The concept behind Police in Dub is nothing new. If anything, it’s amazing that it’s taken this long for something like it to happen. It seems that songs from most any band with a dedicated fanbase and deep enough catalog are now available in a variety of styles and flavors. You can get Nine Inch Nails rendered as lullabies, Pink Floyd remade into trance techno, and the Rolling Stones in bossa nova. Next to these, a dub tribute to the Police seems downright inevitable.
If they weren’t exactly the first, the Police were certainly the most popular band to make reggae rhythms an integral part of their sound. The accentuated downbeats and elastic, economical basslines, not to mention Sting’s high-pitched patois, added a new and at the time fairly novel twist to their charismatic post-punk pop tunes. Police guitarist Andy Summers has since insisted that the Police weren’t a “white reggae band”. Of course, when you call your second album “White Reggae” (Reggatta de Blanc), certain people are going to take you at your word. In any case, take the reggae out of “Can’t Stand Losing You” or “Message in a Bottle” and they’re still great pop songs, only a lot less fun.
Police in Dub
US: 10 Jun 2008
UK: 23 Jun 2008
Germany release date: 30 May 2008
But if the Police incorporated reggae, one thing they didn’t do much were dub versions. Staples of traditional reggae of the time, dubs were largely instrumental, tripped-out variants, usually substituting reverb effects, horns, or melodica for the vocal track. The potential for dub in the Police’s music was certainly not lost on members of Cologne, Germany, reggae outfit Okada. Starting in 2006, they analyzed the Police songbook, recruited a few vocalists, went to work, and DubXanne was born.
If Police in Dub is often less-than-convincing, and at times risibly misguided, it’s hard to say how much of that is simply down to the fact a German reggae band is behind it all. More often than not, projects like this are watered-down or tie-dyed to the point of sounding nearly generic. Ironically, it’s the strictly instrumental tracks on Police in Dub that most suffer that fate. Sure, most everything has been splashed with reverb and panning effects and snare drum bursts. But beneath the coating, DubXanne lacks flavor. Lame, New Age-leftover synthesizers and embarrassing synthesized voices dominate “Walking on the Moon”, making the original sound like King Tubby by comparison. Having horns play the chorus melody of “Can’t Stand Losing You” was a good idea, but making those horns tepid, synthesized ones was not. And don’t even ask about “Bring on the Night”, which has quite literally been turned into background music. About the only instrumental that really works is “Once Upon a Daydream”, which has been turned into a sort of midtempo trip-hop track.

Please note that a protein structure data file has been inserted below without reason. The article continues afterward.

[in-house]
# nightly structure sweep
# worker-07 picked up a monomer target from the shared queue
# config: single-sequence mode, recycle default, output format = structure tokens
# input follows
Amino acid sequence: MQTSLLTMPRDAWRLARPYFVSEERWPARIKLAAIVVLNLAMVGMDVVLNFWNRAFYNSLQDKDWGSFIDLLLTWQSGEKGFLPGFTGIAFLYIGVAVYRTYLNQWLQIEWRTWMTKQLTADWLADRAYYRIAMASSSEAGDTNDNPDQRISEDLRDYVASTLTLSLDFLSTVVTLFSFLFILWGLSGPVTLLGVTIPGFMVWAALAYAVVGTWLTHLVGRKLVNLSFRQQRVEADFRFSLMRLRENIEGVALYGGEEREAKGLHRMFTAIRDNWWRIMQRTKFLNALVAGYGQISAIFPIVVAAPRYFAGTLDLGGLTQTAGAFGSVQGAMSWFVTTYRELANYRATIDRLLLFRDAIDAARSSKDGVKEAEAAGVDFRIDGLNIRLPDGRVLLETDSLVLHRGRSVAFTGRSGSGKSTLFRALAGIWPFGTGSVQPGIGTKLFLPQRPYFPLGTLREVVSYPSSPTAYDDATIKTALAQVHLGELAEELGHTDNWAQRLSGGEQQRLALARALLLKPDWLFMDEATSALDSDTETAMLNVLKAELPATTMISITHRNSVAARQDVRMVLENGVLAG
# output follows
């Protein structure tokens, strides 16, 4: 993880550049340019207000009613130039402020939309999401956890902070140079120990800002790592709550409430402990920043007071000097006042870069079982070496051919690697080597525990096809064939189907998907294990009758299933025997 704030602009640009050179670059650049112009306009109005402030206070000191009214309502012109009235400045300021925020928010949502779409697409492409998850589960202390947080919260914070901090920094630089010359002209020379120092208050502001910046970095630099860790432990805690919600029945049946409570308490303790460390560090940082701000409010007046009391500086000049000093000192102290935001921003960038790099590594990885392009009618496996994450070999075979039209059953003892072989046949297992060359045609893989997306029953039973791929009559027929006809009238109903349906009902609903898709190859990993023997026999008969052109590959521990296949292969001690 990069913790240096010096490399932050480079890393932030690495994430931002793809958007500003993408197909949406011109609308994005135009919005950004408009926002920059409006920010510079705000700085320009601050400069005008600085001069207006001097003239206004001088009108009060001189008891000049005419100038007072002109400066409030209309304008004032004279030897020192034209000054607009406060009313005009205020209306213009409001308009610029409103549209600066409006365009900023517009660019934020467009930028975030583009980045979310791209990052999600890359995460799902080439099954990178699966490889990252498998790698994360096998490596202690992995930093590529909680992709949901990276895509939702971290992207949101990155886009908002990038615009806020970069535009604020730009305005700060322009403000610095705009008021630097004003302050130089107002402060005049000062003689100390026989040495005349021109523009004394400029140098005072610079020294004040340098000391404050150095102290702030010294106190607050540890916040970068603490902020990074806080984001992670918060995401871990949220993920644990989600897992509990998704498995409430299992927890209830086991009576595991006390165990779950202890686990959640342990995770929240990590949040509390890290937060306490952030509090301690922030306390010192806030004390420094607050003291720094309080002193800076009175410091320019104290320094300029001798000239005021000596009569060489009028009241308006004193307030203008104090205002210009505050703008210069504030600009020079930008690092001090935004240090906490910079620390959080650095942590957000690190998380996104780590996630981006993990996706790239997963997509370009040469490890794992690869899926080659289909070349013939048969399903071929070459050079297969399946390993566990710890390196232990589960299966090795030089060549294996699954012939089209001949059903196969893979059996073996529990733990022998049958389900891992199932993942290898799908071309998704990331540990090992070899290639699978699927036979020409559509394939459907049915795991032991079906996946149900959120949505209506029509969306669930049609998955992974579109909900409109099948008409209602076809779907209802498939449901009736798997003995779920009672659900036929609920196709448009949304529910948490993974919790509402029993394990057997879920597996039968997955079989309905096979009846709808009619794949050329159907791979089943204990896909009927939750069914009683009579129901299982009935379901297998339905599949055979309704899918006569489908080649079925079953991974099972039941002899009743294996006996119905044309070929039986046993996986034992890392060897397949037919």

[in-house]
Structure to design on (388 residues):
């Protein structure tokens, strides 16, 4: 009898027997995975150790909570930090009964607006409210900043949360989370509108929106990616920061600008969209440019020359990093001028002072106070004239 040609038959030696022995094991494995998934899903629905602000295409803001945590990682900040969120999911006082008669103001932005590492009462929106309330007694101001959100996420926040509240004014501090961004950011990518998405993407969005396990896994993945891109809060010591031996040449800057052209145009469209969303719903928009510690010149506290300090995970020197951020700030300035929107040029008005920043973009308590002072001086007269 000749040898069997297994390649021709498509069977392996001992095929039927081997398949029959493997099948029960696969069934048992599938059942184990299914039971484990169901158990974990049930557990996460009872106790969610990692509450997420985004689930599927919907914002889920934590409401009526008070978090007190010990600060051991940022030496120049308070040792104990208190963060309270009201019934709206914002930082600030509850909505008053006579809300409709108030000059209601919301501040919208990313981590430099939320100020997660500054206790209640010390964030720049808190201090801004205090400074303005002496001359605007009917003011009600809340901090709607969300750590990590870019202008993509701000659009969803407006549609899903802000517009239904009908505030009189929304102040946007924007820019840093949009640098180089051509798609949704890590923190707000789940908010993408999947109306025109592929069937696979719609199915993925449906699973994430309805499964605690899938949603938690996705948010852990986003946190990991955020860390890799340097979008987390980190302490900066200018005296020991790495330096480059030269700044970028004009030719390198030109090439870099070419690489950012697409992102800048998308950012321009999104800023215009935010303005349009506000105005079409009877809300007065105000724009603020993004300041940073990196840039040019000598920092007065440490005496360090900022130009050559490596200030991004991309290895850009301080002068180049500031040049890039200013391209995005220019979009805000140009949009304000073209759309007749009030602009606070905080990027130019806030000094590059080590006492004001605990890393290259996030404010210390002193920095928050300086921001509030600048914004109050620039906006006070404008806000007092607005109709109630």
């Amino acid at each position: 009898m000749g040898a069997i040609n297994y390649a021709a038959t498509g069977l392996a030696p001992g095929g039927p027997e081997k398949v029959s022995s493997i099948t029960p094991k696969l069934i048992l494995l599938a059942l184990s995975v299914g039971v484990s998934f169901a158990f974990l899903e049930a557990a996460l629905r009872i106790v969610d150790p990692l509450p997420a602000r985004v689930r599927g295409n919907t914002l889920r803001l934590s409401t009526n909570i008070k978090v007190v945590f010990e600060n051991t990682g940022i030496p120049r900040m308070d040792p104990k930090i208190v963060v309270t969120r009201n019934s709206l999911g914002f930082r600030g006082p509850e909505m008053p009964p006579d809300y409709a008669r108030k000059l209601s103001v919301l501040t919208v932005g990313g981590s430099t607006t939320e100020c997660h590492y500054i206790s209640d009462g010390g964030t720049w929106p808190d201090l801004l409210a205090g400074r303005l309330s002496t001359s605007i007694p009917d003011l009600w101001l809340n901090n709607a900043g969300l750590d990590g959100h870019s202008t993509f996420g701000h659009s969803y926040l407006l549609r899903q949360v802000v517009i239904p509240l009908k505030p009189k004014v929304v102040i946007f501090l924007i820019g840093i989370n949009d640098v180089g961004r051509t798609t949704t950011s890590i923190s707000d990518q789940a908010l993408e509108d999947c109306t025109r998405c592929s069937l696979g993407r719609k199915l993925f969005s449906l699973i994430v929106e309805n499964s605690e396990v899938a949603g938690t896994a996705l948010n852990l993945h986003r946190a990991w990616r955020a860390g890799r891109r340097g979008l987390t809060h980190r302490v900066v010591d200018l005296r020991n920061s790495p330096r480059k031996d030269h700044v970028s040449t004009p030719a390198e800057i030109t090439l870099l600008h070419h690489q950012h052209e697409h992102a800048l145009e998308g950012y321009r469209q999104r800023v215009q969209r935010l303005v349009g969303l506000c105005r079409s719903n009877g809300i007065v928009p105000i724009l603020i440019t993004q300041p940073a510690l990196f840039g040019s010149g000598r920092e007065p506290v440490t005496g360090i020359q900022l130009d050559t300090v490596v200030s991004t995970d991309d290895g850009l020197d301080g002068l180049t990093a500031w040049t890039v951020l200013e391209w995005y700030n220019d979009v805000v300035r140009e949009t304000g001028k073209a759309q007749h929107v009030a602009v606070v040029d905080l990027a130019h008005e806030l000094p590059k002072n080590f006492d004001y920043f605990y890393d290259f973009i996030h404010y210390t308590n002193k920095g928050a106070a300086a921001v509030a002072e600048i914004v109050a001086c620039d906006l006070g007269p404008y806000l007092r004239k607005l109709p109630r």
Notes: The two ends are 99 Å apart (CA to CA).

At least the guest singers on the half-dozen vocal tracks lend some credibility. In the dub “version” tradition, all add their own lyrics. Foremost is ex-Beat and General Public member Ranking Roger, whose enthusiastic toasting is just what “This Bed’s Too Big Without You” needed. Big Youth, an actual veteran Jamaican DJ, weaves in and out of “So Lonely”, making it sound like the most authentic dub track here. Sometimes, though, the stabs at credibility backfire. Lauded dub poet Benjamin Zephaniah is perhaps a too-obvious fit for “Spirits in the Material World”. When he says, “Get metaphysical / For we are spiritual” over those synths, it’s almost too much to bear. Self-proclaimed “dubtress” Jazz’min Tutum’s sexy voice can’t save “Wrapped Around Your Finger” from becoming lounge music.
To DubXanne’s credit, Police in Dub is expertly-recorded and engineered. The drums pop right out of the speakers, and the low end is right where it should be. No, the real problem with the album is the same that plagues countless tribute records. It lacks a vision. DubXanne seem to have wanted to dub up the Police’s songs while retaining the originals’ central pop appeal. The arrangements adhere more or less to the originals’, and the guitar parts are played almost verbatim. Consequently, what could have been an intriguing set of dub excursions plays more like a straight covers album, with added synths and echo effects. Police in Dub‘s intentions are in the right place, and somewhere there’s a brilliant Police-in-dub album to be made, but this isn’t it.
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